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Lamet flashes arsenal in strong second start

Righty aiming to build off rookie campaign, lock up rotation spot
Special to MLB.com

PEORIA, Ariz. -- San Diego Padres right-hander Dinelson Lamet isn't yet penned into the club's starting rotation. His name may be written in pencil, however, particularly if he continues to put together performances this spring like the one he had in a 10-3 Padres loss to the D-backs on Monday night.

Lamet tossed three one-run innings, limiting Arizona to just two hits and two walks while striking out a pair. He regularly found the zone with his fastball, which hovered around 94 mph, and his slider, throwing strikes on all but 19 of his 47 pitches -- with eight of those balls coming when he walked Ketel Marte twice on eight pitches.

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PEORIA, Ariz. -- San Diego Padres right-hander Dinelson Lamet isn't yet penned into the club's starting rotation. His name may be written in pencil, however, particularly if he continues to put together performances this spring like the one he had in a 10-3 Padres loss to the D-backs on Monday night.

Lamet tossed three one-run innings, limiting Arizona to just two hits and two walks while striking out a pair. He regularly found the zone with his fastball, which hovered around 94 mph, and his slider, throwing strikes on all but 19 of his 47 pitches -- with eight of those balls coming when he walked Ketel Marte twice on eight pitches.

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"I thought his overall stuff was really good," Padres manager Andy Green said. "He couldn't quite command the curveball quite the way he can. ...The fastball and slider were still dominant, like they always are. I think as he continues to grow comfortable with the curveball, it's going to be a very effective pitch for him."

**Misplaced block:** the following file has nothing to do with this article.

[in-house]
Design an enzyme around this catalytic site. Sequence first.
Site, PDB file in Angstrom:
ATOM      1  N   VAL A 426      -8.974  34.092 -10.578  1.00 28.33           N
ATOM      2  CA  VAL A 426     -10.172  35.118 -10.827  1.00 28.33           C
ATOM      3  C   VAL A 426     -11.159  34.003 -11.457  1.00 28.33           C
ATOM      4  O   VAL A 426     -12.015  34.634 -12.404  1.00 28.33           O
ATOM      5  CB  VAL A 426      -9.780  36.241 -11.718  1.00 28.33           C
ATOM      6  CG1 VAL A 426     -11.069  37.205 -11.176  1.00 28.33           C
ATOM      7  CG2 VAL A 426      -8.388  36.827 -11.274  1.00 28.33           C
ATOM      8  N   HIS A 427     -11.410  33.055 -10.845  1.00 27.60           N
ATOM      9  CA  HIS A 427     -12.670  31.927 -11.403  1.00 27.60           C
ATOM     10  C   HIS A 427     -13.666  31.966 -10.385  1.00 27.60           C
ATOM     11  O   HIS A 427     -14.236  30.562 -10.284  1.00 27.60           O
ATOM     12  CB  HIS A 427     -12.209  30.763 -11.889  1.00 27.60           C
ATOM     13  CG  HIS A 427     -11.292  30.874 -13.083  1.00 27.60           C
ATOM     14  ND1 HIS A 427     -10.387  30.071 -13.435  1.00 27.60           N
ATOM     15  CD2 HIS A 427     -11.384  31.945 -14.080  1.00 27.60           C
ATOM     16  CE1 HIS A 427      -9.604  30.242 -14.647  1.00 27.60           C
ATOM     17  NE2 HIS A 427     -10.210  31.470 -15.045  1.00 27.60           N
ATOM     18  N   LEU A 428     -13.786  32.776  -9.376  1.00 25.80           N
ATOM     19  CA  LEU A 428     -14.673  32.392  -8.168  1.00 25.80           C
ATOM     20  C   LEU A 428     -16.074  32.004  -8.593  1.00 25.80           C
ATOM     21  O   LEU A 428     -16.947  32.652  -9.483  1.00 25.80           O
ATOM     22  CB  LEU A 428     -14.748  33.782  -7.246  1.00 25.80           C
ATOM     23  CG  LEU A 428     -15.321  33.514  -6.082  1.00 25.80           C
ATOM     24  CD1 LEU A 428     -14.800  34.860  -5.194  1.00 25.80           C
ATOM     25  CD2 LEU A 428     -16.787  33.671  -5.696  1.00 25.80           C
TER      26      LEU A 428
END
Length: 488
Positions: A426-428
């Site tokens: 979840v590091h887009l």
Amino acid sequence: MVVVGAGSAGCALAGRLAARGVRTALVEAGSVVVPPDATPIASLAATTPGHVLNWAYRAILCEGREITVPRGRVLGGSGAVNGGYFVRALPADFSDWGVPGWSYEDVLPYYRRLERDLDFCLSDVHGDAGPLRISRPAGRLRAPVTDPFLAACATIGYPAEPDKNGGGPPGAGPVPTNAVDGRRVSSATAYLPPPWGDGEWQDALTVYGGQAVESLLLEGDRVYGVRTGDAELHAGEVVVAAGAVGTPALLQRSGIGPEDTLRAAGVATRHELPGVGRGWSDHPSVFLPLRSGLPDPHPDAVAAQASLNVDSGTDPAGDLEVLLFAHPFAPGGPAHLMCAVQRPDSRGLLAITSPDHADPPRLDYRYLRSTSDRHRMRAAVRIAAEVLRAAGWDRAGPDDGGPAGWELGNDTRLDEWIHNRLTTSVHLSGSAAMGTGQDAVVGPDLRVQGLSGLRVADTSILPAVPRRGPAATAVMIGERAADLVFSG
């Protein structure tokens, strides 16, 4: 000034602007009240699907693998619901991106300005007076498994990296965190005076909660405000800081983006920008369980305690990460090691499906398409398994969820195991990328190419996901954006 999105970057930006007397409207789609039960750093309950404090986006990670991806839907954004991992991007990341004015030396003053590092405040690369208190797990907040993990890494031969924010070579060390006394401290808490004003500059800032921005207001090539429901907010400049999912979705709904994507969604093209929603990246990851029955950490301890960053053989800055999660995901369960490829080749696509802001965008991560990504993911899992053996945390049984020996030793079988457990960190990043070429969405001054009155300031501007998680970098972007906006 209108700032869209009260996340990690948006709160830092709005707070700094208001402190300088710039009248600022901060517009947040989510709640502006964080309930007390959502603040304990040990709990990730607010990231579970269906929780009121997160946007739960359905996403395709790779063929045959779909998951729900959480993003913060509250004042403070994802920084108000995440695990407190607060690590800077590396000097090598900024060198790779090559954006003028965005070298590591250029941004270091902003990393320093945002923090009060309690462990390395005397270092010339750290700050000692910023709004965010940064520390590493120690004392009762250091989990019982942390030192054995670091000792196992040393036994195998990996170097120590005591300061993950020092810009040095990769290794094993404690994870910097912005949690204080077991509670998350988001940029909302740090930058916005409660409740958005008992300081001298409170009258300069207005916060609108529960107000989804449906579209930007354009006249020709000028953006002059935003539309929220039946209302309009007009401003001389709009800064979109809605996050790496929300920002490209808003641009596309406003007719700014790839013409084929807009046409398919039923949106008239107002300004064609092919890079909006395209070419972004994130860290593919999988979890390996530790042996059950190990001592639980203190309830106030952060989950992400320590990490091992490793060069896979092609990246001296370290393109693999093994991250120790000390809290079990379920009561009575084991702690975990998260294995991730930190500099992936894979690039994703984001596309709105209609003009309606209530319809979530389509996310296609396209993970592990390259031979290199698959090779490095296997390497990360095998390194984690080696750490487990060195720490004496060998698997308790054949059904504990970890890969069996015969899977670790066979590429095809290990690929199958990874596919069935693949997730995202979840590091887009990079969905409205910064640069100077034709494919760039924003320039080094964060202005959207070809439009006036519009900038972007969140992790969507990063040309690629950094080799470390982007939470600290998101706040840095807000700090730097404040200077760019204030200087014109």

Save for a sharply hit Rey Fuentes triple into the gap in right-center, Lamet avoided hard contact and excelled off his fastball-slider combination to flash some of the potential the 25-year-old could provide to a rotation full of unknowns behind projected starters Clayton Richard and Bryan Mitchell.

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The potentially devastating fastball-slider combination could be Lamet's key to beating out the collection of arms vying for those final three spots. The rookie right-hander averaged 95 mph on his four-seam fastball last season, according to Statcast™, with the slider at 85.6 mph serving as an elite change-of-pace pitch with strong horizontal movement. He threw his slider 36.64 percent of the time, per Statcast™, drawing swings-and-misses 19.2 percent on that pitch, while yielding a hit just 3.5 percent of the time.

The slider proved effective again on Monday, resulting in swinging strikes on both of Lamet's punchouts, including a strikeout of Steven Souza Jr. to wrap up his evening. His stuff played up, drawing eight whiffs over those three innings of work.

Beyond the slider, Green noted Lamet's changeup and curveball have been points of emphasis in providing ample secondary stuff behind the fastball. Green added that he saw Lamet throw around 10 non-fastball/slider pitches, including a changeup that Fuentes rocked for a triple.

"To me, it's just command the curveball," Green said. "Drop it in. That's going to be a separator for him."

Lamet is building off his first stint in the Majors in 2017, going 7-8 with a 4.57 ERA in 21 starts, including striking out eight and allowing just a run in his Major League debut against the Mets on May 25. Even with some noted rookie bumps, including consecutive June outings in which he allowed seven earned runs, Lamet made an impression. He excelled in August, putting together his best month with a 2.54 ERA and a 3.97 FIP.

"I think a lot of it's building off last year, and going into the offseason, making sure I was prepared over anything else," Lamet said Monday. "I knew that I could go into the offseason, work hard and get that preparation and then come in and compete, like everyone else does. Everybody here is fighting for a spot. I know that if I come in prepared, I can do that, too." 

A spot in the Padres' rotation could be within reach this season.

"I always prepare as if I'm competing for the No. 1 spot in the rotation, but at the same time, the other stuff, I don't control," Lamet said. "It could be the No. 1 guy, it could be the long guy, it could be whatever. The only thing I can do is go out there and work as if I'm going for the No. 1 spot." 

Fabian Ardaya is a contributor to MLB.com.

San Diego Padres, Dinelson Lamet